The influence of air cavities on the optic chiasm dose during pituitary radiotherapy for acromegaly
Jones B., Samarasekara S., Tan LT., Mayles WPM.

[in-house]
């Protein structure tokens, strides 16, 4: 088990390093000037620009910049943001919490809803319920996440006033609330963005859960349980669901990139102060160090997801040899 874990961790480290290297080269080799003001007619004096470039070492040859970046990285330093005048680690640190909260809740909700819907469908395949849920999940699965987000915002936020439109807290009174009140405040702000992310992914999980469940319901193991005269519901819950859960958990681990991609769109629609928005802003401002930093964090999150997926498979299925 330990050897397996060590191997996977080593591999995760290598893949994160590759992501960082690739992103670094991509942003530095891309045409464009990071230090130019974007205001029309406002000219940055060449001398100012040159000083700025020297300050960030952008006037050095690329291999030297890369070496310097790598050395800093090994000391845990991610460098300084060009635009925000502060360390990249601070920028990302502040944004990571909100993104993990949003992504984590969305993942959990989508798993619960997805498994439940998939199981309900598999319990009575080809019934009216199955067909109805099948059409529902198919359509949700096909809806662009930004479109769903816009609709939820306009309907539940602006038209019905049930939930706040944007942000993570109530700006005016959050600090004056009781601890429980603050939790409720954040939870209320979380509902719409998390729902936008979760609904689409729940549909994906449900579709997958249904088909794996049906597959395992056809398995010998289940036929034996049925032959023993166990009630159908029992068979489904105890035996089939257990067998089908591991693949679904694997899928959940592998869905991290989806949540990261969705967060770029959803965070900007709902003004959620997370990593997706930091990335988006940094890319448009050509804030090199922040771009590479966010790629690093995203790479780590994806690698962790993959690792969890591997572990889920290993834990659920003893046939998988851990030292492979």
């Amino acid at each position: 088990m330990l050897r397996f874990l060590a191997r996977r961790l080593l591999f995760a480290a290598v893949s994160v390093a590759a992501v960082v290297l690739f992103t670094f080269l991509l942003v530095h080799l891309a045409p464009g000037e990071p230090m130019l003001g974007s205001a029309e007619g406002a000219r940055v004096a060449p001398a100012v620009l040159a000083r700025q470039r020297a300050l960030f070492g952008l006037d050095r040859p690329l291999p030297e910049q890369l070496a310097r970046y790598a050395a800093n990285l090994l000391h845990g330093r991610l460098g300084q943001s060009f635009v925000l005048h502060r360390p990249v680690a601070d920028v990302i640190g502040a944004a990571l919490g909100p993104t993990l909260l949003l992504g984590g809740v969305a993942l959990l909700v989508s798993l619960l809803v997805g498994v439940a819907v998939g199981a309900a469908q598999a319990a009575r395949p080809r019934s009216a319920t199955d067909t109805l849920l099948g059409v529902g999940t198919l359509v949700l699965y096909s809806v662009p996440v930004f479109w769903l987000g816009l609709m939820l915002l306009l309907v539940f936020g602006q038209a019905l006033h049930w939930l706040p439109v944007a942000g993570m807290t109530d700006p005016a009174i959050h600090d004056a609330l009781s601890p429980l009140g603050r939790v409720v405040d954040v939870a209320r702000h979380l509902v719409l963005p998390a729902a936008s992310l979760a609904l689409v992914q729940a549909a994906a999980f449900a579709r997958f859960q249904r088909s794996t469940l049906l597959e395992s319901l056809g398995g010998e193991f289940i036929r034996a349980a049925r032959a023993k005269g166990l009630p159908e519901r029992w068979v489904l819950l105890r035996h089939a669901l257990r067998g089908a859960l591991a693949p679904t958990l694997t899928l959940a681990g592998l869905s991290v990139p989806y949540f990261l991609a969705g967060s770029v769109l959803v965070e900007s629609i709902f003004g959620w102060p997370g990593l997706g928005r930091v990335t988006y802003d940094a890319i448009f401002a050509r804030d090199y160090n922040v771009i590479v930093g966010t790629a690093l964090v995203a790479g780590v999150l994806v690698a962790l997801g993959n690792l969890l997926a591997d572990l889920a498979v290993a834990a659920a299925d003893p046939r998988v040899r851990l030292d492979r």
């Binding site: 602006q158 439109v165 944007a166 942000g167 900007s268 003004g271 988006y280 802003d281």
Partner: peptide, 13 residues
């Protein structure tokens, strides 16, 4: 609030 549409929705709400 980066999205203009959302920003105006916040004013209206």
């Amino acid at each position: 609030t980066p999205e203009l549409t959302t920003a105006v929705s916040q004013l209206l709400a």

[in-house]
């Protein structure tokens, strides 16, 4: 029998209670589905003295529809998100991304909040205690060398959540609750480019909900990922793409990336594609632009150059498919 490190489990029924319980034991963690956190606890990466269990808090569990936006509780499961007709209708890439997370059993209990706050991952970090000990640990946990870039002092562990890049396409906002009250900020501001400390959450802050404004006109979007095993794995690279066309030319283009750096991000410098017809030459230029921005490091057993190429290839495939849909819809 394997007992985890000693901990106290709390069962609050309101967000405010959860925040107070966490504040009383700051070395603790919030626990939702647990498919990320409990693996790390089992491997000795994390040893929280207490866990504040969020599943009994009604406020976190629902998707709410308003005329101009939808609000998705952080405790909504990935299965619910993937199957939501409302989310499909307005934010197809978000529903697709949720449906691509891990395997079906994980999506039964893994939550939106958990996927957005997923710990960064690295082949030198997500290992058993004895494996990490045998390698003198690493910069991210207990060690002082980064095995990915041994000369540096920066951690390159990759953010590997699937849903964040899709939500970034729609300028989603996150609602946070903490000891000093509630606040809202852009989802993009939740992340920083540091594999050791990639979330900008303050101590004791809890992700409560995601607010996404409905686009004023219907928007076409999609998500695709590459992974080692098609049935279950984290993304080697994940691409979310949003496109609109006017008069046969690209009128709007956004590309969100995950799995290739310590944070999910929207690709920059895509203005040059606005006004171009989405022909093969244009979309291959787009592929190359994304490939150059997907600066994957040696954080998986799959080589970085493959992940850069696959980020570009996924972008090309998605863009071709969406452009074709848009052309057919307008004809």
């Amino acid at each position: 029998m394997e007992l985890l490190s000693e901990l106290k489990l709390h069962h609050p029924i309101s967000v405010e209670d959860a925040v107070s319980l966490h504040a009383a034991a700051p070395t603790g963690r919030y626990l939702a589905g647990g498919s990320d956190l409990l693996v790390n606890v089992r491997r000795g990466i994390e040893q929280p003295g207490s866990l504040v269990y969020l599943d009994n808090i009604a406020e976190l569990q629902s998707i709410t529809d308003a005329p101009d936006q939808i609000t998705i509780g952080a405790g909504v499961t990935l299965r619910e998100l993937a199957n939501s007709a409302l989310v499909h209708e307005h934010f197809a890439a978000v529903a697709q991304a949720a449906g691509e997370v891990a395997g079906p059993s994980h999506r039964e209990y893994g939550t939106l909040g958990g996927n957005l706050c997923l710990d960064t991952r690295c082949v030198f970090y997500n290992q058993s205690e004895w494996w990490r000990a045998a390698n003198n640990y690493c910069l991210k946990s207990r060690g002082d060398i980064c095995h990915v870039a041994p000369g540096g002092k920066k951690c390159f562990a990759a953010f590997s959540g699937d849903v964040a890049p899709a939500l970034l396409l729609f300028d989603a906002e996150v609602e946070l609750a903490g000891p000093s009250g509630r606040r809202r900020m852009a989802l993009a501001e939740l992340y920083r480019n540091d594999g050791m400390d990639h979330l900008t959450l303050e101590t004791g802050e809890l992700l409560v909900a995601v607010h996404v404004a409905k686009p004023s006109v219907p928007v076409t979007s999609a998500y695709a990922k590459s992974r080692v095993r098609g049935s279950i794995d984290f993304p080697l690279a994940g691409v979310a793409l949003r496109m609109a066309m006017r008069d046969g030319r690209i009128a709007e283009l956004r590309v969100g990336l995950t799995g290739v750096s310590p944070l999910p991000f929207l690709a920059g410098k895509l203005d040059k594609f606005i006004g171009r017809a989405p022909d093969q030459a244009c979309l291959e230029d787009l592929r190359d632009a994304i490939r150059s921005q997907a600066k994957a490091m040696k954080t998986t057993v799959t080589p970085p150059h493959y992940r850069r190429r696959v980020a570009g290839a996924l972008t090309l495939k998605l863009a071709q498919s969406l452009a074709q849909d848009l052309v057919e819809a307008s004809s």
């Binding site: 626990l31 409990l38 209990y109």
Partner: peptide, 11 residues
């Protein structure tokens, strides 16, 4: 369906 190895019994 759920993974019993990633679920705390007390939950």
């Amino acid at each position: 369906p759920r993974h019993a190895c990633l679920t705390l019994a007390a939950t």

The treatment planning of acromegalic patients can be complicated by the presence of abnormally large frontal air sinuses which allow increased anterior beam transmission causing increased dose to the optic nerve and chiasm which, if excessive, can result in blindness. This potential problem has been investigated by computer treatment planning exercises which have allowed for a variable thickness (1-3 cm) of air cavity beneath the frontal field and for different weightings of the lateral opposed fields relative to the anterior held. The resultant overdosage can be greater than 5% of the intended dose. The increased biological effect from errors of this magnitude is sufficient to increase the risk of optic nerve damage since neural tissue is very sensitive to small increments in fraction size. Even when the reduced attenuation is allowed for in the computer plan, the thickness of the air sinuses varies across the field so that irradiation through the frontal enlarged frontal air sinuses causes inhomogeneous dose distributions in the target volume. Acromegalic patients should therefore be treated with a more superior beam which would avoid the air sinuses altogether.